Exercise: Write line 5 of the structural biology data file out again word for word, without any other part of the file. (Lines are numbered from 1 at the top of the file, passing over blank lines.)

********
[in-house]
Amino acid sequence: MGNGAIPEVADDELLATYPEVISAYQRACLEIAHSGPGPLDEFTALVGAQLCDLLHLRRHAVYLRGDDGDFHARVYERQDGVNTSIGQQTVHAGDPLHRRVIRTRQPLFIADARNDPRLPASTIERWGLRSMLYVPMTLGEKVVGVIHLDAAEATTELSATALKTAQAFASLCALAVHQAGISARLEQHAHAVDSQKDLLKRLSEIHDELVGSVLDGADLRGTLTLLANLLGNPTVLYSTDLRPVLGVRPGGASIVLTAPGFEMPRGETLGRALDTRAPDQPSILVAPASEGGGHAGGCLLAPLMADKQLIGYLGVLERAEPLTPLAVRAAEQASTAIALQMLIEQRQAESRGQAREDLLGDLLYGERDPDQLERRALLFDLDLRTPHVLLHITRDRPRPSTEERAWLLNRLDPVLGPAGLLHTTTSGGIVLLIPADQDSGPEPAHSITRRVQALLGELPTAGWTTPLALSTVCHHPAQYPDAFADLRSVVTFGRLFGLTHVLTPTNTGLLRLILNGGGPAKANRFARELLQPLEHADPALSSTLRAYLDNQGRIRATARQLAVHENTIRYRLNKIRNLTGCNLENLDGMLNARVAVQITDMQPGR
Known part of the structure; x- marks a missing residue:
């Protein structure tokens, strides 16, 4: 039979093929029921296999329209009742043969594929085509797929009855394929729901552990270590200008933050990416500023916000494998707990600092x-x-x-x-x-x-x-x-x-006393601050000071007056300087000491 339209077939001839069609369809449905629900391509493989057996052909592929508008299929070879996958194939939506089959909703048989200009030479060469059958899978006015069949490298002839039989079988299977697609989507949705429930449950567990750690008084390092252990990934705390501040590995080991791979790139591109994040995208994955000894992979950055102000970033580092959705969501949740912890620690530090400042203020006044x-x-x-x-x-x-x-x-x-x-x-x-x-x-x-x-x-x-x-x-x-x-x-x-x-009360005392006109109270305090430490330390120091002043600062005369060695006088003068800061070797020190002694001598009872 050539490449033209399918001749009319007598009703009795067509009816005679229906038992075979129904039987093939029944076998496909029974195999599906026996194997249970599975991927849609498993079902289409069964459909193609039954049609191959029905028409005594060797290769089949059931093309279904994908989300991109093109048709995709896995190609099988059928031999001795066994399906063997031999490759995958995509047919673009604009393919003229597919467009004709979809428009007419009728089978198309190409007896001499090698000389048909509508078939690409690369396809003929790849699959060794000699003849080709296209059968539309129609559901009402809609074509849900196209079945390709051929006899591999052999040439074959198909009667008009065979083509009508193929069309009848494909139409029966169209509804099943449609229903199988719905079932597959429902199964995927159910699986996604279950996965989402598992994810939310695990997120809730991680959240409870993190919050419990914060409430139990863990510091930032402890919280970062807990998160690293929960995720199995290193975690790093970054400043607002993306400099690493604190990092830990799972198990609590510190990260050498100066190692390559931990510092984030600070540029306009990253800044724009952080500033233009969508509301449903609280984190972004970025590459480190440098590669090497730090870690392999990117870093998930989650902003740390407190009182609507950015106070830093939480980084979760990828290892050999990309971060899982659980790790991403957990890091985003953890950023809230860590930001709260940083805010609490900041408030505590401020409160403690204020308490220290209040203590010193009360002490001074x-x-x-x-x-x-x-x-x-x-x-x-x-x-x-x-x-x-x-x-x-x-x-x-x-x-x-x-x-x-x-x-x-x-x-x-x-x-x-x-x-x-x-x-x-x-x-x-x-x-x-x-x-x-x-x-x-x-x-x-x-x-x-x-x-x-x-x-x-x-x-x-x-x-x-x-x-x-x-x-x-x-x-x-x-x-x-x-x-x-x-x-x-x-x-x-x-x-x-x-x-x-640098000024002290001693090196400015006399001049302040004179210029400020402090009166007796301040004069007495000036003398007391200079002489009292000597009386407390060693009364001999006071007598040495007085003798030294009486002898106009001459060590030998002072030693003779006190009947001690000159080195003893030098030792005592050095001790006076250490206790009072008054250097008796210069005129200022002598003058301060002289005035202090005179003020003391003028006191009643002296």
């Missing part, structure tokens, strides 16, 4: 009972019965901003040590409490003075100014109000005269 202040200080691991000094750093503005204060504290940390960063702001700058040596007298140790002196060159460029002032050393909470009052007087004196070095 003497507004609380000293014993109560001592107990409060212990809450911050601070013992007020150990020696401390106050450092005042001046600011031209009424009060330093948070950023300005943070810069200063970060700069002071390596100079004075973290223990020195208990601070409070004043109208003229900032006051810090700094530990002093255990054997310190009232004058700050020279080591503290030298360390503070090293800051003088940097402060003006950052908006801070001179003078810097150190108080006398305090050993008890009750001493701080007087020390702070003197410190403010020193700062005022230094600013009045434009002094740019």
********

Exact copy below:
């Missing part, structure tokens, strides 16, 4: 009972019965901003040590409490003075100014109000005269 202040200080691991000094750093503005204060504290940390960063702001700058040596007298140790002196060159460029002032050393909470009052007087004196070095 003497507004609380000293014993109560001592107990409060212990809450911050601070013992007020150990020696401390106050450092005042001046600011031209009424009060330093948070950023300005943070810069200063970060700069002071390596100079004075973290223990020195208990601070409070004043109208003229900032006051810090700094530990002093255990054997310190009232004058700050020279080591503290030298360390503070090293800051003088940097402060003006950052908006801070001179003078810097150190108080006398305090050993008890009750001493701080007087020390702070003197410190403010020193700062005022230094600013009045434009002094740019």